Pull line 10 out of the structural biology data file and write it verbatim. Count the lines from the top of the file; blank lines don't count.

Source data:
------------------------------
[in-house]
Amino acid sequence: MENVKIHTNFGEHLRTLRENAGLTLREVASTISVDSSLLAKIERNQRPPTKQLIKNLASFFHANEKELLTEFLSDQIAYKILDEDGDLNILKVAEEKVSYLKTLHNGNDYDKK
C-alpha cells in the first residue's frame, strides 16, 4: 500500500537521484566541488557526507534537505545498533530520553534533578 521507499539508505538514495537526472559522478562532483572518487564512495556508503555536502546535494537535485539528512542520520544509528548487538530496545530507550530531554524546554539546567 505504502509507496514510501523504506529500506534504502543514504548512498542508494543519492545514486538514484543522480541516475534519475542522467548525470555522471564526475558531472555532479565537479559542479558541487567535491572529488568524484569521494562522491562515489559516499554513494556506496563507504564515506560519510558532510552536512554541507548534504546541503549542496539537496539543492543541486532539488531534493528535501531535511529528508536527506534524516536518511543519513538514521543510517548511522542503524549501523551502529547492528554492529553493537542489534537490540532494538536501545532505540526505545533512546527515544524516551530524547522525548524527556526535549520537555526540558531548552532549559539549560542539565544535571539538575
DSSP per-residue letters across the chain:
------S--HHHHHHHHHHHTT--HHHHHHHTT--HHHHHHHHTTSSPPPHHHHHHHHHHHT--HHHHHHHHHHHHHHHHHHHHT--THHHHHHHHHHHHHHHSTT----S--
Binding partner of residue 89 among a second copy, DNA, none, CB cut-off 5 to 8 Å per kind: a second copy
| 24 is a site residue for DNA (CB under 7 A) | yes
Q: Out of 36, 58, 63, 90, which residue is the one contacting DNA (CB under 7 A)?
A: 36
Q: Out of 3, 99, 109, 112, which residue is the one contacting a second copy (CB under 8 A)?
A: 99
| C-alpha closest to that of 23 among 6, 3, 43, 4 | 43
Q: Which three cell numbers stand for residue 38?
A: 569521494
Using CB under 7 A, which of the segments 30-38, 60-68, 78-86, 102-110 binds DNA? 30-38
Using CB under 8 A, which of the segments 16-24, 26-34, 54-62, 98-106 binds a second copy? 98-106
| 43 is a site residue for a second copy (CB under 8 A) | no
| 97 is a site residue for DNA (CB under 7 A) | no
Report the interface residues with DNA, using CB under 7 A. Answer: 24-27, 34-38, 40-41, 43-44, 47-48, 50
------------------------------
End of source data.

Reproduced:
Q: Out of 3, 99, 109, 112, which residue is the one contacting a second copy (CB under 8 A)?